When she's told Diana's had a car accident in Paris, she's more annoyed than distraught. They hadn't even expected Diana to be in Paris, but they know what the Princess is like. Unpredictable, irresponsible. At first, the accident seems like just another unwanted headline. Elizabeth admonishes Charles for wanting to take the royal jet and incur the type of expenditures for which the royals have been chided by the public. It's not until later that they learn Diana's crash is fatal. Charles seems truly griefstricken. Philip less so. He even smiles when he observes that when he told Margaret Rose to return home from her vacation, she remarked that Diana was more trouble dead than she had been alive. Elizabeth's personal feelings about the loss are masked. She voices her concern for William and Harry "the boys" often, but from a distance, never interacting directly with them. She's not cutting to the point of cruelty as Philip and even the Queen mother are, but her placidity is meant to tell its own cold tale. She is more emotional about her tea or famous corgies than about her former daughter-in-law's demise.
Blair immediately realizes that there will be great public fallout over the tragedy and quickly issues a statement that captures public sentiment, when he calls Diana "the peoples' princess." Charles and Diana having divorced the previous year, Elizabeth does not think this is a matter that should merit her official concern, since Diana is no longer HRH. She is relieved to tell Blair that the Spencers have insisted upon a private funeral for Diana, so it's out of her hands, isn't it? It's rather absurd for him to think that its incumbent upon her to do more.
Blair, whose staff zealously monitors the unending news reports, knows that he's watching a grave misstep unfold. The public perceived Diana as a victim when she was alive blaming Charles alone for their failed marriage and any suffering Diana expressed, genuine or faked. Compared to Diana's apparent warmth, accessibility and beauty, the royals seemed aloof, outdated and out of touch. Reacting to her death, the world annointed Diana with instant sainthood and her former family could only suffer in comparison. Blair recognized that each day that passed without the royals making a public acknowledgment or appearance they were condemning themselves to mounting calumny and contempt in the eyes of their sovereigns. He navigates a thin line between showing the required deference to the queen while addressing the fact that the unprecedented world attention being given to Diana's death has made its handling a political matter, not just a social one. Commands needed to be given and, in the end, it was the PM's office telling the palace how things would be done, not the other way around.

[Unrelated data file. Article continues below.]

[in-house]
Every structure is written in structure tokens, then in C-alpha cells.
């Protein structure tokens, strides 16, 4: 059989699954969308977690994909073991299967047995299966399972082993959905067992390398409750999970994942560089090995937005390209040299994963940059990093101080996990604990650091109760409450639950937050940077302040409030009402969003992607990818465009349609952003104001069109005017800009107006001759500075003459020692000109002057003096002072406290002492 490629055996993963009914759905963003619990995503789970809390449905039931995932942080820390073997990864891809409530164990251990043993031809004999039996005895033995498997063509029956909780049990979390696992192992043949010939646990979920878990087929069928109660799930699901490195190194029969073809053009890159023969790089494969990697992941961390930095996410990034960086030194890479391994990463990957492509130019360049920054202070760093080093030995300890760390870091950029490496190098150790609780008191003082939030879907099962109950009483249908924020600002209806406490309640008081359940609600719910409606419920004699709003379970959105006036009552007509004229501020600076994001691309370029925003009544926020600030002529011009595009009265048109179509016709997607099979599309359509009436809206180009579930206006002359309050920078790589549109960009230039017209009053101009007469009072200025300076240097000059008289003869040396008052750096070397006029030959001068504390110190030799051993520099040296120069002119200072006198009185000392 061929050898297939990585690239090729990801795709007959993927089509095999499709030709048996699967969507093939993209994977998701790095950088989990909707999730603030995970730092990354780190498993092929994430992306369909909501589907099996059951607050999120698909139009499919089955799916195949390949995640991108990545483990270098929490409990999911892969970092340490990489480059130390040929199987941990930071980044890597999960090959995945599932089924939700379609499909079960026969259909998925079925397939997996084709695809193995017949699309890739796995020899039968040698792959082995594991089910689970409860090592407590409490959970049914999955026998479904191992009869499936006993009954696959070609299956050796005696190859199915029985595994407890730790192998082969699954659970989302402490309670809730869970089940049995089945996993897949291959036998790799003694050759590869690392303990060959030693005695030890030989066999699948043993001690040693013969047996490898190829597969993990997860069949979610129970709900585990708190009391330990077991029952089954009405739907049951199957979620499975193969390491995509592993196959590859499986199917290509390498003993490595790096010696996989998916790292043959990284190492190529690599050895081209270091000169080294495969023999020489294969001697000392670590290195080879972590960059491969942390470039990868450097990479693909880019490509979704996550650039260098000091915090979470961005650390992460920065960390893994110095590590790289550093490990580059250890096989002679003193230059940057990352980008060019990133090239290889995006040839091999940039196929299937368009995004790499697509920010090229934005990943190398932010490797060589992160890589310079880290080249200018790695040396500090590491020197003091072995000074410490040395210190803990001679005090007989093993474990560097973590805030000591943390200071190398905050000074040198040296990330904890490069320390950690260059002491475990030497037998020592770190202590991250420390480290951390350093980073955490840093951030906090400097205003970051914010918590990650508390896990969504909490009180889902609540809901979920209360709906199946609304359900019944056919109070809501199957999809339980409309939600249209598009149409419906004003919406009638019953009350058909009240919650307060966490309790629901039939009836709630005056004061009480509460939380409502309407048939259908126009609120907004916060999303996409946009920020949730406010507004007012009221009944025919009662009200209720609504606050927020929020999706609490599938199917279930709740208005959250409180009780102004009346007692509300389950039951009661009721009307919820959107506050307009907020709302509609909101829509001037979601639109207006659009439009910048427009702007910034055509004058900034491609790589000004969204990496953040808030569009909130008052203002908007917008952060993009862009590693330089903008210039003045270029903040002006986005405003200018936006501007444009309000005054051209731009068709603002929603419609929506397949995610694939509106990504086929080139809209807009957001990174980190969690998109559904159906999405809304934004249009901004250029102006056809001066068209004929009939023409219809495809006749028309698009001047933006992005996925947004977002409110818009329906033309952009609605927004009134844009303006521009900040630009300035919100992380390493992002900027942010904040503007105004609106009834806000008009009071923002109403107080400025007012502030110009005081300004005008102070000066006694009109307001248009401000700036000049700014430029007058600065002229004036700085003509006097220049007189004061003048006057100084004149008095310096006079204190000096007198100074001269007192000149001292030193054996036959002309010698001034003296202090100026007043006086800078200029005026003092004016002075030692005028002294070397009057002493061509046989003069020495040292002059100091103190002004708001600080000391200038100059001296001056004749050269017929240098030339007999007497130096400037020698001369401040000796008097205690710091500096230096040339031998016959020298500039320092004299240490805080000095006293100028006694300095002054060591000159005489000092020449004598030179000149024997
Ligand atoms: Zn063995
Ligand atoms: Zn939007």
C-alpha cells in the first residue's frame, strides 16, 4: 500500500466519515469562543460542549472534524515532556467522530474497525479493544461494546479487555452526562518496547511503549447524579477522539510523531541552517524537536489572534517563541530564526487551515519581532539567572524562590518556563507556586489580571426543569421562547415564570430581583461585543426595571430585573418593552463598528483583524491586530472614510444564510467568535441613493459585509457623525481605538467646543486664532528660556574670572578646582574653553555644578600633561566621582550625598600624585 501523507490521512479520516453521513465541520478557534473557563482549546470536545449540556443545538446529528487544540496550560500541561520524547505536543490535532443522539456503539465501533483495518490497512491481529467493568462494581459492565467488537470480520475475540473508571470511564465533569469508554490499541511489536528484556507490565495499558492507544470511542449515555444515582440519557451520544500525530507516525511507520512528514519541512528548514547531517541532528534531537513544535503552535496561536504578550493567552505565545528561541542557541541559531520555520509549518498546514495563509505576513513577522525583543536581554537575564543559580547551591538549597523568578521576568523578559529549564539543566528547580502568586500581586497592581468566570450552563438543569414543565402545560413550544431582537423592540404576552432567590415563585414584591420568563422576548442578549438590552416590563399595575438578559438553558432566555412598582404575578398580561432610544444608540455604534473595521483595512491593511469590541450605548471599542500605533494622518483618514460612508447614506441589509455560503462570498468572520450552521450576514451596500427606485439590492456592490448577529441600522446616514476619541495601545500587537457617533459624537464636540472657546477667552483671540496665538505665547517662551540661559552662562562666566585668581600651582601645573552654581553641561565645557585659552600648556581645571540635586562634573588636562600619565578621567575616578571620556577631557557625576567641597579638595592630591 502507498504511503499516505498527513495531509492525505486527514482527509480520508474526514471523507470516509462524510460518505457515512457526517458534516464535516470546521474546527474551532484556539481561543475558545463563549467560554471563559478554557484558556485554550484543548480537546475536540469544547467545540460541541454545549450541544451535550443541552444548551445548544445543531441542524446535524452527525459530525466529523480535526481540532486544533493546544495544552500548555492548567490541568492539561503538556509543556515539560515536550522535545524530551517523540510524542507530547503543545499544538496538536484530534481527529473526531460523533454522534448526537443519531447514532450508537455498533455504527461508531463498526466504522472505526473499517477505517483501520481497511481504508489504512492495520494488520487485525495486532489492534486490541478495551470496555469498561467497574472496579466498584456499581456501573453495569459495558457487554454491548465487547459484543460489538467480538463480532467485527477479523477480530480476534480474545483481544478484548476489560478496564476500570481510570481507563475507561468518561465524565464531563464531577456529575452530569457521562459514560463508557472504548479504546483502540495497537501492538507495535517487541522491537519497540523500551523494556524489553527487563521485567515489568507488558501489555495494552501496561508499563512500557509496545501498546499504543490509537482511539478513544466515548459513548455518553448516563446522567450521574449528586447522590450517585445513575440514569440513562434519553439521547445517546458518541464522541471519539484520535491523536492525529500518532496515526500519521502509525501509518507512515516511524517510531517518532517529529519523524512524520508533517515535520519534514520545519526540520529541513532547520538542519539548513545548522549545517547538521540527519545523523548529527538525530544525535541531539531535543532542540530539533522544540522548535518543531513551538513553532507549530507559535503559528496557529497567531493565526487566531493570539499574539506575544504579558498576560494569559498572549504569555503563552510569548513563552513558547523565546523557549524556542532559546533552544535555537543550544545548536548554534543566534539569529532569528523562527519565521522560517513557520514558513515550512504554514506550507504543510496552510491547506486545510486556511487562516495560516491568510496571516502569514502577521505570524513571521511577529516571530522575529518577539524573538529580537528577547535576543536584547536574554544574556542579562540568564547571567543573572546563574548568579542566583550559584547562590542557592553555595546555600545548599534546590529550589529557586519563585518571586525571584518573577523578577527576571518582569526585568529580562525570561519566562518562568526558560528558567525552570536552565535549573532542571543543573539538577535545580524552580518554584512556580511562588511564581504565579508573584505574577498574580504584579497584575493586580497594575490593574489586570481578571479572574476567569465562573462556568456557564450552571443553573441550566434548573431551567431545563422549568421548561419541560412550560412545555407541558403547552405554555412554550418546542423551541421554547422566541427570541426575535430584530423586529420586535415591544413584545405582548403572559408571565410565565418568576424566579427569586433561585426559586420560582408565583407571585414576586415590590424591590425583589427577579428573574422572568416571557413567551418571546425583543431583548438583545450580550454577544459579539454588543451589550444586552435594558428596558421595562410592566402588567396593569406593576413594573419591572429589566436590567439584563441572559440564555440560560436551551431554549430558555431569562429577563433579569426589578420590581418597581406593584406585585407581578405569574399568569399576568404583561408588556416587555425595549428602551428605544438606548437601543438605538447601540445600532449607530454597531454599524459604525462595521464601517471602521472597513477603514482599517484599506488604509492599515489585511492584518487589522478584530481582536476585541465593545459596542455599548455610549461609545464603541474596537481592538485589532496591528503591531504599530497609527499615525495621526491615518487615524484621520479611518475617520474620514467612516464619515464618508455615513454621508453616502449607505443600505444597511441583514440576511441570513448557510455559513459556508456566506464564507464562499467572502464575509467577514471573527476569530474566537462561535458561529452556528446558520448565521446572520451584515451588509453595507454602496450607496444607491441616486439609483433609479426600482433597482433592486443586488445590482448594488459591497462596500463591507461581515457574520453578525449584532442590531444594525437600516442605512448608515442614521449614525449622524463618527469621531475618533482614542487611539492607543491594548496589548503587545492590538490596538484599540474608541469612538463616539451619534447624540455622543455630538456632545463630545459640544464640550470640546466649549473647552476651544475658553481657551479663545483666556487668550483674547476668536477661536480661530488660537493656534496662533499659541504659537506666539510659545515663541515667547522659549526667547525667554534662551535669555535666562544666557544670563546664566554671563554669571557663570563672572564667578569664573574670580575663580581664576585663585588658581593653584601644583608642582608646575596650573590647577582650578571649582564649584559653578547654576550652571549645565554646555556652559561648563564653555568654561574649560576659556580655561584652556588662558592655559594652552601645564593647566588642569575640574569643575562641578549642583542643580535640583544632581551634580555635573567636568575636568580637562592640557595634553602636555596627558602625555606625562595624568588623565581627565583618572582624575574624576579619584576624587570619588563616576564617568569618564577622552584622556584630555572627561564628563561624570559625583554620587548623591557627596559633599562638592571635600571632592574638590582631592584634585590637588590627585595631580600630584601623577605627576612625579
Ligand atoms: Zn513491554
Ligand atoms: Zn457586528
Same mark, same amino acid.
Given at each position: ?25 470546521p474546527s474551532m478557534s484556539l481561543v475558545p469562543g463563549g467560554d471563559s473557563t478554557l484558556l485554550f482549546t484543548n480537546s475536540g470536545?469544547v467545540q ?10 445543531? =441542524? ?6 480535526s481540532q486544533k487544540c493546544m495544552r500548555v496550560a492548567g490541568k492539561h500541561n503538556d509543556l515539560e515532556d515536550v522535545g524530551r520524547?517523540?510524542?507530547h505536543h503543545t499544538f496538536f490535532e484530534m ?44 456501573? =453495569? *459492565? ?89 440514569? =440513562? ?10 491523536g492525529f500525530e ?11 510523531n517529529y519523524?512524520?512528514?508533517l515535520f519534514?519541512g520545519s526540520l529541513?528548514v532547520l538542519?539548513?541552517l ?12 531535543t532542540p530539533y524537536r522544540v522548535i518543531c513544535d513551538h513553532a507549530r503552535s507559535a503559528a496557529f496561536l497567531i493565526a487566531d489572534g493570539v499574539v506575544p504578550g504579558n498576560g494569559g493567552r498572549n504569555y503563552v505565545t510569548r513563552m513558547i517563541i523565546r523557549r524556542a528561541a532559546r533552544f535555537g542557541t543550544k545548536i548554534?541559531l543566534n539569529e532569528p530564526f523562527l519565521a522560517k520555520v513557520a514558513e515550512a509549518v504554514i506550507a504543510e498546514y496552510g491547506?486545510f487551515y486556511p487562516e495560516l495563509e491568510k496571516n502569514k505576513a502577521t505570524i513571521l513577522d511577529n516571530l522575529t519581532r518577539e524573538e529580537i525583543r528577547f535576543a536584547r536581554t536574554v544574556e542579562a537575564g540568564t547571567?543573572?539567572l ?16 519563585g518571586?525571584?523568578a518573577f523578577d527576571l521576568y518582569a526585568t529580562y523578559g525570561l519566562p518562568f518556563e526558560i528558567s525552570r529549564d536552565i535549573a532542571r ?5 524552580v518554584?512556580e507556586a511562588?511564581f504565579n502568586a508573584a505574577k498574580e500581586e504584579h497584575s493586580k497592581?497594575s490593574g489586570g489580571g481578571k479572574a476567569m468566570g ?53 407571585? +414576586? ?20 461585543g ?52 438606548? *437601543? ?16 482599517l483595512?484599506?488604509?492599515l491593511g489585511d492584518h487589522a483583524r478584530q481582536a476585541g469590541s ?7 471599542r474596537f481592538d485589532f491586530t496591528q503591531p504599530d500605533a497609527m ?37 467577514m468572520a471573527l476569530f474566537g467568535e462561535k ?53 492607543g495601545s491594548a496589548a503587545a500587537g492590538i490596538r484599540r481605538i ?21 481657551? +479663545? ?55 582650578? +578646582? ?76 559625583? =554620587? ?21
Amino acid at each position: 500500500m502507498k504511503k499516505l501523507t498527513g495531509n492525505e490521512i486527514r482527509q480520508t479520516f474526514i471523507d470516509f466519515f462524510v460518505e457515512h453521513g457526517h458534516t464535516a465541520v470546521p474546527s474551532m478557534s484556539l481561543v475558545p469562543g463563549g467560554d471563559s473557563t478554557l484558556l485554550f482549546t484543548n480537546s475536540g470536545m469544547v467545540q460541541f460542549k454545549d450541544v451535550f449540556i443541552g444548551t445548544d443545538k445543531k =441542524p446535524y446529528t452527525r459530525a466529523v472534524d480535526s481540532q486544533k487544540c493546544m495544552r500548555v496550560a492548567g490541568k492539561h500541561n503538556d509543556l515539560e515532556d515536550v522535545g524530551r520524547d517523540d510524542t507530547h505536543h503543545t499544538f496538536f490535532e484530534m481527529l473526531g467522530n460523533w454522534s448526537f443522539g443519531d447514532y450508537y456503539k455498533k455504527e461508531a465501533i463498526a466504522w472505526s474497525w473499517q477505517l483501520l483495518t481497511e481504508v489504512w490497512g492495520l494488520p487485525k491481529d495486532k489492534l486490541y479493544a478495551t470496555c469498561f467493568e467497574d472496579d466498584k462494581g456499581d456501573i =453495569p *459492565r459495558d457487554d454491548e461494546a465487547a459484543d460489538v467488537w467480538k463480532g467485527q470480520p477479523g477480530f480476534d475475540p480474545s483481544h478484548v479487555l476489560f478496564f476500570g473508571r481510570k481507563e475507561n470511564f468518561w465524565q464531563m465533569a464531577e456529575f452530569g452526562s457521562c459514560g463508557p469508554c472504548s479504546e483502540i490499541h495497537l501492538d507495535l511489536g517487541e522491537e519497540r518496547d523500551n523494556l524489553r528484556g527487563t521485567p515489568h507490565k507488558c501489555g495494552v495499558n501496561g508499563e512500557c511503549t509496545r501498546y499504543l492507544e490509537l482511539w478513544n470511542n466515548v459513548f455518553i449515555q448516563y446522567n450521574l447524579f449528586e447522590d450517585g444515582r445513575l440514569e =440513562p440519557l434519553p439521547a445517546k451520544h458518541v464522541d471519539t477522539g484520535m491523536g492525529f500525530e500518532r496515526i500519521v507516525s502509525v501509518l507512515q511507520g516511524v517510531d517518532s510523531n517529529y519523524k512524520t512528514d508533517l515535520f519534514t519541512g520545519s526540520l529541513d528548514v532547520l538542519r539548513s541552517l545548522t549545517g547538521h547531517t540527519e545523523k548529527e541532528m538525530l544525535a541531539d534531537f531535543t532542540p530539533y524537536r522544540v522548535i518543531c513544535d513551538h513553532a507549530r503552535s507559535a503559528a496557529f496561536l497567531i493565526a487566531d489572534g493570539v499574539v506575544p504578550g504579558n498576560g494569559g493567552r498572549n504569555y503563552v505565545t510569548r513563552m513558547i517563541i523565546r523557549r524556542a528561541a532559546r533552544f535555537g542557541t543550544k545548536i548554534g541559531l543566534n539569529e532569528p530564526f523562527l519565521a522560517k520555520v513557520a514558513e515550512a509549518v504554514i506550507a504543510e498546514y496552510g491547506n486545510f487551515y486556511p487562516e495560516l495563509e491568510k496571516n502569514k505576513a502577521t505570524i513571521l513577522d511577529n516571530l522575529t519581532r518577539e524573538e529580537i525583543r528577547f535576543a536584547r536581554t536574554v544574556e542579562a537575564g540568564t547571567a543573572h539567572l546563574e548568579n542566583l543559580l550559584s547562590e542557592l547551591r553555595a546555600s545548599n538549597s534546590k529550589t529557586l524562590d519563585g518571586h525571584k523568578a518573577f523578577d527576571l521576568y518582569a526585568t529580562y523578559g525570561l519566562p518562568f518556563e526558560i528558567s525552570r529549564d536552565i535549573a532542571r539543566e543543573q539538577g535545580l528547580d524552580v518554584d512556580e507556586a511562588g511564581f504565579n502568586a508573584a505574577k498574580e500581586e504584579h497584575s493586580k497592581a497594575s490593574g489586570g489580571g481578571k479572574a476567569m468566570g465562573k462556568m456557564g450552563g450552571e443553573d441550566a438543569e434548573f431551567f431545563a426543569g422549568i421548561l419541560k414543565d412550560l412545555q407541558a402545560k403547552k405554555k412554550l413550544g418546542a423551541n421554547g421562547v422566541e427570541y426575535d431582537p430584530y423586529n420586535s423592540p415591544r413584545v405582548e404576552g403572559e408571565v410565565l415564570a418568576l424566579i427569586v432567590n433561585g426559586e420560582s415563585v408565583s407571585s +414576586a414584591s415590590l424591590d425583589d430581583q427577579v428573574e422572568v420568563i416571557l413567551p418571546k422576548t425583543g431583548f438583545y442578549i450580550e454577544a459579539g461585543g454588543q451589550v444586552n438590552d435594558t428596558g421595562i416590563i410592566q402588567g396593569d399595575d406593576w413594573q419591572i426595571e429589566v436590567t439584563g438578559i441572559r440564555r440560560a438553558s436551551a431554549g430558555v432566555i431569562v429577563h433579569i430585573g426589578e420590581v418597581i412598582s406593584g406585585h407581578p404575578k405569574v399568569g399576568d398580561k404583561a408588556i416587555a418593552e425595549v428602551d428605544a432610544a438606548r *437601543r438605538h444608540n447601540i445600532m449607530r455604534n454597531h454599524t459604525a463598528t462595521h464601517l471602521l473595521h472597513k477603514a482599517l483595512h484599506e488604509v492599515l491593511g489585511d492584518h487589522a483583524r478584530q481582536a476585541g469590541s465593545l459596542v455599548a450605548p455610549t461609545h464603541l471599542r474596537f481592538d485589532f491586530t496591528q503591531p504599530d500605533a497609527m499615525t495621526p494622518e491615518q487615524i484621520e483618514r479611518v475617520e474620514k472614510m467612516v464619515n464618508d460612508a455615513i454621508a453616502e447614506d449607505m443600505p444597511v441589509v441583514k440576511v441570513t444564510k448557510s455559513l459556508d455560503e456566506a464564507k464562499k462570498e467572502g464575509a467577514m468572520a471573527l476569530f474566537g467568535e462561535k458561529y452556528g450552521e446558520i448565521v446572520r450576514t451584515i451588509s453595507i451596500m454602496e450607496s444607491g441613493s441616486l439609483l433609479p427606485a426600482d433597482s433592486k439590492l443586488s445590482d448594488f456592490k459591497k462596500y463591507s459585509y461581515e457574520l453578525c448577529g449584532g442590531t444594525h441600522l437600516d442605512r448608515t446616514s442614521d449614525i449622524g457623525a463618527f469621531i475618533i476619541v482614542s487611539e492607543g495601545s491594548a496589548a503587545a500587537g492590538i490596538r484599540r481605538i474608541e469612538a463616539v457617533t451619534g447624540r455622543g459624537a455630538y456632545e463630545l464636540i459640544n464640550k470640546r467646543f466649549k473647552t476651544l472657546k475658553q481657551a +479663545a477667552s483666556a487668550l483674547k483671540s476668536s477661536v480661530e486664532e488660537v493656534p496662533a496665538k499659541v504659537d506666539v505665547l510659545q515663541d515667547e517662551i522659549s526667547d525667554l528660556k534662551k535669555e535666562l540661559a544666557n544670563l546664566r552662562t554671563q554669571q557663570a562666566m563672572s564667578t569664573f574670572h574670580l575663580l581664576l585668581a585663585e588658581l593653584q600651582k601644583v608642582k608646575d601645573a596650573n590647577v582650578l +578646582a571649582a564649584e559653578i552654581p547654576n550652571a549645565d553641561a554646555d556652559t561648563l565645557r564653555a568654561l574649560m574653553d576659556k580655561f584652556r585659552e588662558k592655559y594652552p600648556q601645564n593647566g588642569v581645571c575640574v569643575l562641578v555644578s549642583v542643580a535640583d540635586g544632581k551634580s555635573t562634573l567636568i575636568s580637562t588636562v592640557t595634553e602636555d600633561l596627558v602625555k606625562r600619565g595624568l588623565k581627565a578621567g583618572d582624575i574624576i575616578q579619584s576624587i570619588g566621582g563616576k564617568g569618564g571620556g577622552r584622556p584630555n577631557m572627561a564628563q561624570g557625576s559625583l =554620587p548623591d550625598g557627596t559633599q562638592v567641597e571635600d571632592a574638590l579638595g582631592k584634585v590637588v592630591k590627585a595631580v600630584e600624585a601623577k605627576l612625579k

The private funeral the Queen requested (on behalf of the Spencers, she said) is a non-starter. There will be a public memorial in Westminister Abbey. World leaders and celebrities alike will attend. In fact, they will use the advance plans they had for the Queen Mother's funeral and, with minor modifications, use it for Diana's instead. The royals are aghast. But it's out of Elizabeth's hands. They've gone over her head and there's nothing she can do but graciously concede on official matters, but surely not the personal ones as well. If not queen of the United Kingdom isn't she still master of her own domain? She refuses Blair's suggestion that they lower the flags on the royal residences (which are supposed to denote whether or not the queen is in residence, not be used as a display of regal mourning), return to Buckingham Palace from Balmoral and issue a public statement. She's got grandsons to attend to and hasn't time to cater to the selfish world's media-frenzied demands, wherein lies my problem: with this movie and with life.